Spectrial, day 7

kongbayThe trial against the Pirate Bay kicked off again (see brokep’s Twitter) at 13:00 today. You can find a convenient schedule of the hearings coming up at QbatHQ. The next three days will consist of so called witness hearings (am I the only one thinking witness sounds a bit off in a case like this?). These witnesses are mostly industry CEO’s and police investigators. Scheduled for this afternoon were Magnus Martensson, legal advisor of the IFPI, and Anders Nilsson, representing the AntiPiratByran bureau (an anti-pirate organisation in Sweden).

It were two hours in which I couldn’t help but wondering whether or not the prosecutors learn from past mistakes.  Spectacular scoring system and more behind the cut.

*note: Day 6 was a break.

For every past mistake repeated, I will give the prosecution stars: star. More stars means worse mistake.

The day started off with the prosecutor changing the charges again (star). Quoting the beautiful girl at Bambuser:

providing available-making possibilities for others to upload and store torrent files for the Bittorrent service

This is sounding more hollow and hollow every time it’s changed. Peter Danowsky then tried to bring up new evidence material (starstarstar). As was mentioned several times during the previous week, this is not valid until both the jury and the defendants had the time to read it through.

First up was Magnus Martensson. He’s a lawyer for the IFPI (a swedish interest organisation for record labels). He doesn’t have any technical education, and considers himself a normal user. He collects evidence for the IFPI and files it in police reports.

His ‘research’ consists of him downloading music using the client Azureus and a torrent file from The Pirate Bay. Yet again, the actual evidence only consisted of screenshots (starstar). He did not use any networking equipment to actually check whether or not connections were made to the Pirate Bay tracker. He’s picked apart for his lack of technical knowledge by Anakata (Gottfrid): (from Torrentfreak)

Gottfrid: Before taking the screenshot, did you turn off DHT and Peer Exchange?

Mårtensson: DHT was obviously on. I wanted to be like an average user.

Gottfrid: So in other words, you can’t check if the tracker was used?

Mårtensson: The tracker address was visible on the screen. From that I assumed it was used in some way.

Gottfrid: But since you had DHT on, you have no possibility to state to the court as to whether The Pirate Bay’s tracker was actually used or not?

Mårtensson: No.

To be very bland, I don’t see what this witness adds to the trial. This is a normal John Doe with a legal degree who took screenshots of him downloading using torrent files. We’ve seen this procedure fully explained four or five times already during this trial, but never was a networking log brought up, was there hard evidence that the Pirate Bay tracker is used. And quite frankly, it is used. I just don’t see how the prosecutors (mind you: top IT law specialists in Sweden) could have missed this.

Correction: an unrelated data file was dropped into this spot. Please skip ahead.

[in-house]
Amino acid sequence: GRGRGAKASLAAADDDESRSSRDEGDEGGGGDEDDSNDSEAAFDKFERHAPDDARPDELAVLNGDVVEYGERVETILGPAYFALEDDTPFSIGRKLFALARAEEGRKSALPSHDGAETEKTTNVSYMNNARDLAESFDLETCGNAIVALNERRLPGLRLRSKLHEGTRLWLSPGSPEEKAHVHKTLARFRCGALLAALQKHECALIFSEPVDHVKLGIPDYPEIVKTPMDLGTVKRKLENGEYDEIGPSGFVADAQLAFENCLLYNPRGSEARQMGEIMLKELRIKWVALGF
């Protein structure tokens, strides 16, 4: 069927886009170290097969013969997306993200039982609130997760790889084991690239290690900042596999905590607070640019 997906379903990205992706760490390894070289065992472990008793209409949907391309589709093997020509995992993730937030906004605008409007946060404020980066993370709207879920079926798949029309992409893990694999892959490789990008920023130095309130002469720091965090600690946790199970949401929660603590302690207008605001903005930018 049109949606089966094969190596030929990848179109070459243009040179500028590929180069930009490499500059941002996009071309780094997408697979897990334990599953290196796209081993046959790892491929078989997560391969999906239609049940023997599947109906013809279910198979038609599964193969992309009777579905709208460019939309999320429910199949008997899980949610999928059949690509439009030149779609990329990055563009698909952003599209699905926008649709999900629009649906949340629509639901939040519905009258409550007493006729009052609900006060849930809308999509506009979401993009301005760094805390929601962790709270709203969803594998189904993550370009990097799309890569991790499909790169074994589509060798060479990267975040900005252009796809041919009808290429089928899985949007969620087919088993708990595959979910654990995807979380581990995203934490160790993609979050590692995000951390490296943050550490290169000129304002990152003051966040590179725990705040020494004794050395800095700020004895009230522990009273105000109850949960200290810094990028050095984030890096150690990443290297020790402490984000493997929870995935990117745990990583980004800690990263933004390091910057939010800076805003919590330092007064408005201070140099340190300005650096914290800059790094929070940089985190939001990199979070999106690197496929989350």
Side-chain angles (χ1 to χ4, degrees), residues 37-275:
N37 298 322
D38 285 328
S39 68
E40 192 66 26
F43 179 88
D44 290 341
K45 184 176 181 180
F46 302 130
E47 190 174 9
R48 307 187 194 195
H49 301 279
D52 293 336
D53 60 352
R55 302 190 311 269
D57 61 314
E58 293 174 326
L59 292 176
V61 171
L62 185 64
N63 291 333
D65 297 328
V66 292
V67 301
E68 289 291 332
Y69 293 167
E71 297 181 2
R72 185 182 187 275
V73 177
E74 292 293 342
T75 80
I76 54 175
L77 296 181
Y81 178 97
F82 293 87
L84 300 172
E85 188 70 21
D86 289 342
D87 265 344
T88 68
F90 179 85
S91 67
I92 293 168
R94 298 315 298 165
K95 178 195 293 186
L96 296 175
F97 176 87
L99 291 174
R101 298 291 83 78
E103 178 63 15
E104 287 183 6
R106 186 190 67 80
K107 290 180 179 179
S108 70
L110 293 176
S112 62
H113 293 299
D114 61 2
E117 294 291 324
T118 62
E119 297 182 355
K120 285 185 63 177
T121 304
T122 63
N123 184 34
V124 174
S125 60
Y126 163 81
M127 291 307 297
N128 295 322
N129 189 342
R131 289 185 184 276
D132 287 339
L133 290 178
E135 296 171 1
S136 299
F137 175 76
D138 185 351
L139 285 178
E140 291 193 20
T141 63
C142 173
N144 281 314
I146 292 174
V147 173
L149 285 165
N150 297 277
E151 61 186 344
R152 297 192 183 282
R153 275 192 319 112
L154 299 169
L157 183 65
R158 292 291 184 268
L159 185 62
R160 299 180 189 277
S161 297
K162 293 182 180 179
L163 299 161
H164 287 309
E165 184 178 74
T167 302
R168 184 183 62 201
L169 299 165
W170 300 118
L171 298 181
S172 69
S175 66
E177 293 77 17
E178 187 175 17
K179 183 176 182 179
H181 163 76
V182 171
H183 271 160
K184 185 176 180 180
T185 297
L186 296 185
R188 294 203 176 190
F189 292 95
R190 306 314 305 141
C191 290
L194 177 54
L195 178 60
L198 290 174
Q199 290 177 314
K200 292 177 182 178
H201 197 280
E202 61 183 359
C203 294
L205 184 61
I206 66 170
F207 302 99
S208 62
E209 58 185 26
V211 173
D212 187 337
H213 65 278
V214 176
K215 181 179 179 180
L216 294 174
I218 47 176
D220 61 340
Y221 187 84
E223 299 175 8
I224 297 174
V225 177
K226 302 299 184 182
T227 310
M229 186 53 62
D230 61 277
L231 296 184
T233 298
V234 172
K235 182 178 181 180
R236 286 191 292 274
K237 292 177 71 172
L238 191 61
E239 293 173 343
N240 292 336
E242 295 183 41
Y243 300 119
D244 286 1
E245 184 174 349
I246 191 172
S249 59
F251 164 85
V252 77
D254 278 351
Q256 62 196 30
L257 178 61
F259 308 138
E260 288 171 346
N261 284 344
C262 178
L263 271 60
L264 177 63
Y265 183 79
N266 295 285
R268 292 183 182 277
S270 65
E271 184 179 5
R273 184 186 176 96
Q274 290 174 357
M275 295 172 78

Next up was Anders Nilsson, a regular copper which joined the Anti Pirate bureau in 2004. He had a police education plus some techinical courses, or in his words: ‘nothing specific’. He also studies release groups. He also claims to have downloaded films and games using The Pirate Bay and his trackers. He claims to have evidence that the tracker was contacted in log files, but these were not available. Monique Wadsted later claimed (quoting Bambuser again) that the files were there, but you never see them. Sorry, but these kind of moot statements deserve a (star).

In a pretty bold move afterwards, he claimed that 90% of the content on The Pirate Bay is copyrighted material, and thus illegal. He was called back to this by the defendant’s lawyers and finally had to admit that (quoting Torrentfreak)

“I have no documentation as to the claim that most material is copyrighted. It is just an opinion.”

Showing up at a courthouse making roaring statements unbacked by evidence. Tsk Tsk (starstar).

To sum it up, the prosecution earned 9star in the Spectrial today. It is appalling how these witnesses have very limited technical knowledge and do not realise what kind of evidence (logs, network analysis) it takes to back up the new charges.  If you have to prove that someone assisted in making copyright infringements, you at least have to have hard evidence that a user has been in contact with this individual.

Keep following the #spectrial, spread the word in your blog, twitter, …

Comments are closed.